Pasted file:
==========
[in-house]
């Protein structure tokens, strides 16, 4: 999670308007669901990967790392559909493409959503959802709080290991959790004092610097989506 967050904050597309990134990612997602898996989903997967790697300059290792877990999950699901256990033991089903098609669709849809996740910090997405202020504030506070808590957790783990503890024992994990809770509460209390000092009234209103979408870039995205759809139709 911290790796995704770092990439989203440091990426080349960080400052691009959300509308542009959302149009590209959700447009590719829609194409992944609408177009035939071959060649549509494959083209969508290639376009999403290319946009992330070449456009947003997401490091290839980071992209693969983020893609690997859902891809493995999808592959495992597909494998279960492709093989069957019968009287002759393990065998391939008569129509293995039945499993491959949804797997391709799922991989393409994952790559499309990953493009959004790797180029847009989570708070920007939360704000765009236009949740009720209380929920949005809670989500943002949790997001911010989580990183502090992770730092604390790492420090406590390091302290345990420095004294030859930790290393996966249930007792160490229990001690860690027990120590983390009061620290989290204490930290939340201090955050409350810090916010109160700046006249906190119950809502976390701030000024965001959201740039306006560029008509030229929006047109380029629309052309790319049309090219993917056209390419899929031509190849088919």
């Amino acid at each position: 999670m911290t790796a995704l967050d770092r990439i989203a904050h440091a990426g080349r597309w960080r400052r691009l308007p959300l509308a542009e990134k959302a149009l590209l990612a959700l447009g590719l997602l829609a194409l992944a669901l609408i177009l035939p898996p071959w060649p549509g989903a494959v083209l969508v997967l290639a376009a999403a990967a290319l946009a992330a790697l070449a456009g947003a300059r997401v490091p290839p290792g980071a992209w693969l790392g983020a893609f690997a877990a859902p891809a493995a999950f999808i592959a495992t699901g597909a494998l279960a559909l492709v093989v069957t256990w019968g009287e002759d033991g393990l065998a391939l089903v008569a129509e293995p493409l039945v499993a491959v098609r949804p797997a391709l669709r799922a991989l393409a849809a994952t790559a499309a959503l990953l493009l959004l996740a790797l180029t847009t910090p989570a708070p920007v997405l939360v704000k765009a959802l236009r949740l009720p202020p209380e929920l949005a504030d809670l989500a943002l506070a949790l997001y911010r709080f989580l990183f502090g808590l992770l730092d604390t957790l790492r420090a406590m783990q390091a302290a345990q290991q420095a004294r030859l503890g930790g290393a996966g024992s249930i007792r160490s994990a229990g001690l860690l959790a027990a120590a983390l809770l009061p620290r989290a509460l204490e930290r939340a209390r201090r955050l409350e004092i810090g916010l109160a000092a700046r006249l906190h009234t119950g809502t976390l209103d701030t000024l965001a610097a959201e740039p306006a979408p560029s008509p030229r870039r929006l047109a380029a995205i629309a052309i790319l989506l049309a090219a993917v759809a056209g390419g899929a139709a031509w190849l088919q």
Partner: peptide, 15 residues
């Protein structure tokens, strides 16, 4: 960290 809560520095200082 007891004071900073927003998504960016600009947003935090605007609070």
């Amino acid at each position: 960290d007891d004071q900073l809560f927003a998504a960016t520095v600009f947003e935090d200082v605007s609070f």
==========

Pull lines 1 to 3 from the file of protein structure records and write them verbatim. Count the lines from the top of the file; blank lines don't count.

[in-house]
């Protein structure tokens, strides 16, 4: 999670308007669901990967790392559909493409959503959802709080290991959790004092610097989506 967050904050597309990134990612997602898996989903997967790697300059290792877990999950699901256990033991089903098609669709849809996740910090997405202020504030506070808590957790783990503890024992994990809770509460209390000092009234209103979408870039995205759809139709 911290790796995704770092990439989203440091990426080349960080400052691009959300509308542009959302149009590209959700447009590719829609194409992944609408177009035939071959060649549509494959083209969508290639376009999403290319946009992330070449456009947003997401490091290839980071992209693969983020893609690997859902891809493995999808592959495992597909494998279960492709093989069957019968009287002759393990065998391939008569129509293995039945499993491959949804797997391709799922991989393409994952790559499309990953493009959004790797180029847009989570708070920007939360704000765009236009949740009720209380929920949005809670989500943002949790997001911010989580990183502090992770730092604390790492420090406590390091302290345990420095004294030859930790290393996966249930007792160490229990001690860690027990120590983390009061620290989290204490930290939340201090955050409350810090916010109160700046006249906190119950809502976390701030000024965001959201740039306006560029008509030229929006047109380029629309052309790319049309090219993917056209390419899929031509190849088919």
């Amino acid at each position: 999670m911290t790796a995704l967050d770092r990439i989203a904050h440091a990426g080349r597309w960080r400052r691009l308007p959300l509308a542009e990134k959302a149009l590209l990612a959700l447009g590719l997602l829609a194409l992944a669901l609408i177009l035939p898996p071959w060649p549509g989903a494959v083209l969508v997967l290639a376009a999403a990967a290319l946009a992330a790697l070449a456009g947003a300059r997401v490091p290839p290792g980071a992209w693969l790392g983020a893609f690997a877990a859902p891809a493995a999950f999808i592959a495992t699901g597909a494998l279960a559909l492709v093989v069957t256990w019968g009287e002759d033991g393990l065998a391939l089903v008569a129509e293995p493409l039945v499993a491959v098609r949804p797997a391709l669709r799922a991989l393409a849809a994952t790559a499309a959503l990953l493009l959004l996740a790797l180029t847009t910090p989570a708070p920007v997405l939360v704000k765009a959802l236009r949740l009720p202020p209380e929920l949005a504030d809670l989500a943002l506070a949790l997001y911010r709080f989580l990183f502090g808590l992770l730092d604390t957790l790492r420090a406590m783990q390091a302290a345990q290991q420095a004294r030859l503890g930790g290393a996966g024992s249930i007792r160490s994990a229990g001690l860690l959790a027990a120590a983390l809770l009061p620290r989290a509460l204490e930290r939340a209390r201090r955050l409350e004092i810090g916010l109160a000092a700046r006249l906190h009234t119950g809502t976390l209103d701030t000024l965001a610097a959201e740039p306006a979408p560029s008509p030229r870039r929006l047109a380029a995205i629309a052309i790319l989506l049309a090219a993917v759809a056209g390419g899929a139709a031509w190849l088919q």